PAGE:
She recalls the train ride across Canada, eating the spaghetti and white bread they were served onboard. "It was so bad. I cried, Oh my God!" she laughs.

After fifty years in Saskatoon, she still makes her own pizza and spaghetti sauce, putting up 100 jars of home-grown tomatoes every fall. Those tomatoes are a special ingredients in her turkey soup.

She begins with a whole turkey, turning it into several meals. However, the hand-written recipe (as passed on to her daughter Carm Michalenko) substitutes turkey wings for the whole bird. I've taken the liberty of adding ingredient amounts to the basic recipe, so feel free to take the "bones" and make this delicious peasant soup your own.


Gilda's Turkey Soup
Broth:
2 lbs turkey wings
2-3 celery stalks
3-4 carrots
2-3 potatoes
2 cups canned tomatoes
1 tsp salt
1 onion, quartered

Meatballs:
2 lbs ground turkey or beef
1 large egg
1 1/2 cups finely grated parmesan cheese
1 tsp minced dried basil
1 tbsp minced fresh parsley
1 tsp salt and plenty of pepper
Orzo-shaped pasta, cooked
Leftover wing meat

For the broth, put turkey wings in a pot, cover generously with water and boil, skimming off the foam that rises to the surface. Peel vegetables, cut in half and add to the pot with tomatoes and salt. Cook until the meat falls from the bone. Strain and reserve broth. Separate bones and meat.

At this point, you can make a meal of the meat and vegetables removed from the broth.

Put the bones in fresh water with the onion and boil again until the broth is golden. Strain and mix the two broths together.

To make meatballs, combine ground meat, egg, parmesan cheese and herbs, seasoning salt and pepper. Mix thoroughly, until the meat is smooth and silky. Roll into meatballs about the size of a marble. Drop into boiling water and scoop out when cooked, about two minutes.

Reheat the turkey broth, tasting and adding more salt if needed. Add meatballs, cooked pasta and any leftover wing meat. Buon appetito!

(This article first appeared in the Saskatoon Star Phoenix.)

Tuesday, October 14, 2014

Prairie Kitchens - Flapper Pie

What on earth is Flapper Pie? My guess is you either a) have no idea, or b) have warm and fuzzy memories of eating your mom's or your grandma's Flapper Pie.

The Canadian Food Enclyclopedia describes it as "graham-crusted, custard-filled pie and long-time Prairie favourite." However, it did not originate here.

Graham crackers were invented in 1829 by Sylvester Graham, an evangelical minster in New Jersey who preached a vegetarian, low-fat, low-sugar diet rich in whole grains. By 1900, his cracker was being sold commercially by the National Biscuit Company (Nabisco) which promoted it as good food to take on long journeys, such as that of pioneers moving west. A recipe for Graham Cracker Pie was included on the package.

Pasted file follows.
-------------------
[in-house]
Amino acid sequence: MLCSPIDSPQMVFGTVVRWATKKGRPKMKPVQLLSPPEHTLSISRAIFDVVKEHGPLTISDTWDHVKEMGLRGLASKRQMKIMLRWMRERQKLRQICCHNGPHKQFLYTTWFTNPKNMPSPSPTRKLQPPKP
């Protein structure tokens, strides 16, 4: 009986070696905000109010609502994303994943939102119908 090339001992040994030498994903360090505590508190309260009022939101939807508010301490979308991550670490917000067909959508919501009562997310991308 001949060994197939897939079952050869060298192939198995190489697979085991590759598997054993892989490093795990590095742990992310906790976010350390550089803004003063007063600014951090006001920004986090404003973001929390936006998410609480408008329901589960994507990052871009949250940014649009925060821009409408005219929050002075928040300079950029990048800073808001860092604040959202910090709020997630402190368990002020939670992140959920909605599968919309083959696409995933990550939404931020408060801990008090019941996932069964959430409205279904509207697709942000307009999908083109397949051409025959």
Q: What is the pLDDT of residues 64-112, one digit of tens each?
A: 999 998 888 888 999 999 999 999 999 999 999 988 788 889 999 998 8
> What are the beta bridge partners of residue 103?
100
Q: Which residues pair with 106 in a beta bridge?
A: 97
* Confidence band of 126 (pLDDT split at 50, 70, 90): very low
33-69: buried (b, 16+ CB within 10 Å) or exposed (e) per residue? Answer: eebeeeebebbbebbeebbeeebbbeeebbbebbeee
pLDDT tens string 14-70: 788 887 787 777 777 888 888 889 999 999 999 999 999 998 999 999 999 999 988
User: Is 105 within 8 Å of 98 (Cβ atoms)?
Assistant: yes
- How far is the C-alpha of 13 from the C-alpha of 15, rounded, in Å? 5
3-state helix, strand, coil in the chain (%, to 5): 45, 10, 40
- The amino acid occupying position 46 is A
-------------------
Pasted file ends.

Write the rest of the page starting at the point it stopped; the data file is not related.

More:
Indeed, it was a good pie for farming pioneers because the key ingredients – eggs, cream, butter, flour – were readily available on the farm. However, the name remains a mystery to me: when did it become Flapper Pie? One might surmise it happened during the flapper era of the 1920s, but why and by whom?

Before long, Flapper Pie had made its way into the hearts and cookbooks of families across the prairies, a staple at fowl suppers and baby's first pie. There are different versions of the basic recipe, some with less sugar, some with cream of tartar (to firm the meringue) and some with cinnamon in the crumb crust.

Flapper Pie
Crust:
1 1/2 cups graham cracker crumbs
1/4 cup melted butter
1/4 cup sugar

Filling:
1/3 cup sugar
1/4 cup cornstarch
2 1/2 cups milk
3 egg yolks, lightly beaten
1 tsp vanilla

Meringue topping:
3 egg white, room temp.
2 tbsp sugar
1/4 tsp cream of tartar
Pinch cinnamon

Mix crust ingredients. Scoop out 2 tbsp and set aside. Press crumbs into the bottom and sides of a pie plate. Bake at 375F for 8 minutes and cool.

For the filling, blend sugar and cornstarch in a saucepan. Slowly whisk in milk. Cook over medium heat until it bubbles and thickens, stirring constantly. Remove from heat. Stir a spoonful into the egg yolks, mix quickly and pour back into the saucepan. Boil for two minutes, stirring, until quite thick. Stir in vanilla. Pour filling into graham cracker crust.

For the topping, whip egg whites and cream of tartar to soft peaks. Gradually pour in sugar while whipping to stiff peaks. Spread meringue on filling, ensuring it touches the crust all around. Mix the reserved 2 tbsp graham crumbs with cinnamon and sprinkle over top.

Bake at 375F for 6-8 minutes, until meringue is toasty brown. Cool pie and refrigerate a few hours before cutting.

(This article first appeared in the Saskatoon Star Phoenix.)